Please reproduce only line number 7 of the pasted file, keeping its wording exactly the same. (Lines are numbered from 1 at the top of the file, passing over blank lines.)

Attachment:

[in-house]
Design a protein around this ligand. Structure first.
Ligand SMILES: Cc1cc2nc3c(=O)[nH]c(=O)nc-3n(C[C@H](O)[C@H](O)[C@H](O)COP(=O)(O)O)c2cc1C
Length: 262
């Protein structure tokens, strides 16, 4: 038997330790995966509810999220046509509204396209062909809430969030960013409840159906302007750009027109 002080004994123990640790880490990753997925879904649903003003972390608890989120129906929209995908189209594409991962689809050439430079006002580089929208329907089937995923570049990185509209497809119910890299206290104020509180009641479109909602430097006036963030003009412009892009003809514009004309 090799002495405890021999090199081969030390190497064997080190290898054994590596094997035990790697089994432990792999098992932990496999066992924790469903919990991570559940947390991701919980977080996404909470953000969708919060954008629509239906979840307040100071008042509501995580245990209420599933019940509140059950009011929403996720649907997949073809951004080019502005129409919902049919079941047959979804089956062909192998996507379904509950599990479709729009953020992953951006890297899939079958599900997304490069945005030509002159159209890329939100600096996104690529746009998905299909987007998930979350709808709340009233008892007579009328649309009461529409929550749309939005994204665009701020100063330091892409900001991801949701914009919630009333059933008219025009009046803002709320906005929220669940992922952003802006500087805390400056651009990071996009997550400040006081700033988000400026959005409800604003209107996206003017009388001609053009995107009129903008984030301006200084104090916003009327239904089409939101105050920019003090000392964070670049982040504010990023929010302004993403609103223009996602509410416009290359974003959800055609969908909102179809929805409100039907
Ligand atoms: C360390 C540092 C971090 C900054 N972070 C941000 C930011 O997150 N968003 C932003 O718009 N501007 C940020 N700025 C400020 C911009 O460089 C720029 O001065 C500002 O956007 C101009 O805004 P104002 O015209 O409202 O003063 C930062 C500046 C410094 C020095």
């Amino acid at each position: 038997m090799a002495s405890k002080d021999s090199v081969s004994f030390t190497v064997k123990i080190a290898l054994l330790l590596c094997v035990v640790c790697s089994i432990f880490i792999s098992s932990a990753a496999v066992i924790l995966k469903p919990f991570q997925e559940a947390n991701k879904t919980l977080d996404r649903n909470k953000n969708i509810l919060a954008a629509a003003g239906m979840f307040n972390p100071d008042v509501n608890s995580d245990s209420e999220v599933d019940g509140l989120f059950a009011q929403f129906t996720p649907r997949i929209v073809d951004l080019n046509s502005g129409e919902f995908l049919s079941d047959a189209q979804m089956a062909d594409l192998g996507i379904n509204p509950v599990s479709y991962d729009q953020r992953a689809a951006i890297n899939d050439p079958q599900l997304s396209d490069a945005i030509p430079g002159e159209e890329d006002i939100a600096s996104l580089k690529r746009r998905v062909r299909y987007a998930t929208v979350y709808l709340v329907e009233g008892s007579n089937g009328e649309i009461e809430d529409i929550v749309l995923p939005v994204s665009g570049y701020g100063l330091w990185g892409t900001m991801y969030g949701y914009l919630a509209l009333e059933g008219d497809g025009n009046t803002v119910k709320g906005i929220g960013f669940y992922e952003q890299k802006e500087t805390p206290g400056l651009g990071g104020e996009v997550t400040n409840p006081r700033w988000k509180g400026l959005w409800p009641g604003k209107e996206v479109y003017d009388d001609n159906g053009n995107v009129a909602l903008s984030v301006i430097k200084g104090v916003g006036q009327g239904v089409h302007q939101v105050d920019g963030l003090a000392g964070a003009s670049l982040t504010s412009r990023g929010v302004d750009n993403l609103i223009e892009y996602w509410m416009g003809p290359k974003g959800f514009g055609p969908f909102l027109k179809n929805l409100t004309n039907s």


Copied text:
């Amino acid at each position: 038997m090799a002495s405890k002080d021999s090199v081969s004994f030390t190497v064997k123990i080190a290898l054994l330790l590596c094997v035990v640790c790697s089994i432990f880490i792999s098992s932990a990753a496999v066992i924790l995966k469903p919990f991570q997925e559940a947390n991701k879904t919980l977080d996404r649903n909470k953000n969708i509810l919060a954008a629509a003003g239906m979840f307040n972390p100071d008042v509501n608890s995580d245990s209420e999220v599933d019940g509140l989120f059950a009011q929403f129906t996720p649907r997949i929209v073809d951004l080019n046509s502005g129409e919902f995908l049919s079941d047959a189209q979804m089956a062909d594409l192998g996507i379904n509204p509950v599990s479709y991962d729009q953020r992953a689809a951006i890297n899939d050439p079958q599900l997304s396209d490069a945005i030509p430079g002159e159209e890329d006002i939100a600096s996104l580089k690529r746009r998905v062909r299909y987007a998930t929208v979350y709808l709340v329907e009233g008892s007579n089937g009328e649309i009461e809430d529409i929550v749309l995923p939005v994204s665009g570049y701020g100063l330091w990185g892409t900001m991801y969030g949701y914009l919630a509209l009333e059933g008219d497809g025009n009046t803002v119910k709320g906005i929220g960013f669940y992922e952003q890299k802006e500087t805390p206290g400056l651009g990071g104020e996009v997550t400040n409840p006081r700033w988000k509180g400026l959005w409800p009641g604003k209107e996206v479109y003017d009388d001609n159906g053009n995107v009129a909602l903008s984030v301006i430097k200084g104090v916003g006036q009327g239904v089409h302007q939101v105050d920019g963030l003090a000392g964070a003009s670049l982040t504010s412009r990023g929010v302004d750009n993403l609103i223009e892009y996602w509410m416009g003809p290359k974003g959800f514009g055609p969908f909102l027109k179809n929805l409100t004309n039907s």